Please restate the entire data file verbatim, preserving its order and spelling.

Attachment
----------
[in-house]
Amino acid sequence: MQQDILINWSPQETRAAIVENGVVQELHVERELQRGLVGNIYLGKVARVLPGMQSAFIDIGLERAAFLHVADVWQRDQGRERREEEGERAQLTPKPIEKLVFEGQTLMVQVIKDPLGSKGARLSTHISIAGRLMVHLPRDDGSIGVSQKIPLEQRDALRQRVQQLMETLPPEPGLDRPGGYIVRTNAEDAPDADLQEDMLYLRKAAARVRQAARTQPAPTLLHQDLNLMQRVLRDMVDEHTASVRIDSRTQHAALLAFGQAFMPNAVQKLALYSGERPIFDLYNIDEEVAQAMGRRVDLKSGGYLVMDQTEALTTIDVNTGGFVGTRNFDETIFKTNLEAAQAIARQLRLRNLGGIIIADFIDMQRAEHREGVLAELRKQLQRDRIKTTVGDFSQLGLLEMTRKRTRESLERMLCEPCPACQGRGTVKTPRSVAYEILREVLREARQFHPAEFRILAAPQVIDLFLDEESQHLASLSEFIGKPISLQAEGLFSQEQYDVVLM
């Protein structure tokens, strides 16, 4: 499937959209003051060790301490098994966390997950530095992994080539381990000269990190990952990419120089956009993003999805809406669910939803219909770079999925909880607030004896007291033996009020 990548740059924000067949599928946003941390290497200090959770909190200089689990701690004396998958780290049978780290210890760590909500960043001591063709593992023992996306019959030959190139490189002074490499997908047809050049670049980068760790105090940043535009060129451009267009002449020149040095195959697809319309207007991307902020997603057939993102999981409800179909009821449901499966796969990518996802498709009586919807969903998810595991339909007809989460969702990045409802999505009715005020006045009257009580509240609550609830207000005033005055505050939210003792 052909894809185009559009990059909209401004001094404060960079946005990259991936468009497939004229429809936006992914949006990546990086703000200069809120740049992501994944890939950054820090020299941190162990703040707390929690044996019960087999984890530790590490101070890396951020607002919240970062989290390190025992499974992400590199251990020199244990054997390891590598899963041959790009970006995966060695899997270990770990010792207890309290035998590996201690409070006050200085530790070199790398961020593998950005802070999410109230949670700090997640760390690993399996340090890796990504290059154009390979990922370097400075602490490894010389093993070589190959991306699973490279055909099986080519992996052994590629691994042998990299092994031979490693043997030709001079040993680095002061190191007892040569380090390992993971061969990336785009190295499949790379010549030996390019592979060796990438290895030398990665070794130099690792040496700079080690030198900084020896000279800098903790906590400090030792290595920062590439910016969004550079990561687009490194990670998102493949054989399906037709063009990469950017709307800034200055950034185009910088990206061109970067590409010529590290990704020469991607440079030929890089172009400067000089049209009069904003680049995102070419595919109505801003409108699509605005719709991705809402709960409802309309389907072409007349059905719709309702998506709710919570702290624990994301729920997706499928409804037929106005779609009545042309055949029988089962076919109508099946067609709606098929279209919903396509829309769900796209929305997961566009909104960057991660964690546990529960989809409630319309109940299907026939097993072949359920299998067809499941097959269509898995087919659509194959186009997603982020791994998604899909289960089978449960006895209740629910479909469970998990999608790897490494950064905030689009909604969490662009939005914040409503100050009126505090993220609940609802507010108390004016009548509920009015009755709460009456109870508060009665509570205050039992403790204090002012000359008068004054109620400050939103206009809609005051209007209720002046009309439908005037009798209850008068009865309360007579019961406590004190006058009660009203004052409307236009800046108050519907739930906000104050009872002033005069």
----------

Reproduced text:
[in-house]
Amino acid sequence: MQQDILINWSPQETRAAIVENGVVQELHVERELQRGLVGNIYLGKVARVLPGMQSAFIDIGLERAAFLHVADVWQRDQGRERREEEGERAQLTPKPIEKLVFEGQTLMVQVIKDPLGSKGARLSTHISIAGRLMVHLPRDDGSIGVSQKIPLEQRDALRQRVQQLMETLPPEPGLDRPGGYIVRTNAEDAPDADLQEDMLYLRKAAARVRQAARTQPAPTLLHQDLNLMQRVLRDMVDEHTASVRIDSRTQHAALLAFGQAFMPNAVQKLALYSGERPIFDLYNIDEEVAQAMGRRVDLKSGGYLVMDQTEALTTIDVNTGGFVGTRNFDETIFKTNLEAAQAIARQLRLRNLGGIIIADFIDMQRAEHREGVLAELRKQLQRDRIKTTVGDFSQLGLLEMTRKRTRESLERMLCEPCPACQGRGTVKTPRSVAYEILREVLREARQFHPAEFRILAAPQVIDLFLDEESQHLASLSEFIGKPISLQAEGLFSQEQYDVVLM
């Protein structure tokens, strides 16, 4: 499937959209003051060790301490098994966390997950530095992994080539381990000269990190990952990419120089956009993003999805809406669910939803219909770079999925909880607030004896007291033996009020 990548740059924000067949599928946003941390290497200090959770909190200089689990701690004396998958780290049978780290210890760590909500960043001591063709593992023992996306019959030959190139490189002074490499997908047809050049670049980068760790105090940043535009060129451009267009002449020149040095195959697809319309207007991307902020997603057939993102999981409800179909009821449901499966796969990518996802498709009586919807969903998810595991339909007809989460969702990045409802999505009715005020006045009257009580509240609550609830207000005033005055505050939210003792 052909894809185009559009990059909209401004001094404060960079946005990259991936468009497939004229429809936006992914949006990546990086703000200069809120740049992501994944890939950054820090020299941190162990703040707390929690044996019960087999984890530790590490101070890396951020607002919240970062989290390190025992499974992400590199251990020199244990054997390891590598899963041959790009970006995966060695899997270990770990010792207890309290035998590996201690409070006050200085530790070199790398961020593998950005802070999410109230949670700090997640760390690993399996340090890796990504290059154009390979990922370097400075602490490894010389093993070589190959991306699973490279055909099986080519992996052994590629691994042998990299092994031979490693043997030709001079040993680095002061190191007892040569380090390992993971061969990336785009190295499949790379010549030996390019592979060796990438290895030398990665070794130099690792040496700079080690030198900084020896000279800098903790906590400090030792290595920062590439910016969004550079990561687009490194990670998102493949054989399906037709063009990469950017709307800034200055950034185009910088990206061109970067590409010529590290990704020469991607440079030929890089172009400067000089049209009069904003680049995102070419595919109505801003409108699509605005719709991705809402709960409802309309389907072409007349059905719709309702998506709710919570702290624990994301729920997706499928409804037929106005779609009545042309055949029988089962076919109508099946067609709606098929279209919903396509829309769900796209929305997961566009909104960057991660964690546990529960989809409630319309109940299907026939097993072949359920299998067809499941097959269509898995087919659509194959186009997603982020791994998604899909289960089978449960006895209740629910479909469970998990999608790897490494950064905030689009909604969490662009939005914040409503100050009126505090993220609940609802507010108390004016009548509920009015009755709460009456109870508060009665509570205050039992403790204090002012000359008068004054109620400050939103206009809609005051209007209720002046009309439908005037009798209850008068009865309360007579019961406590004190006058009660009203004052409307236009800046108050519907739930906000104050009872002033005069």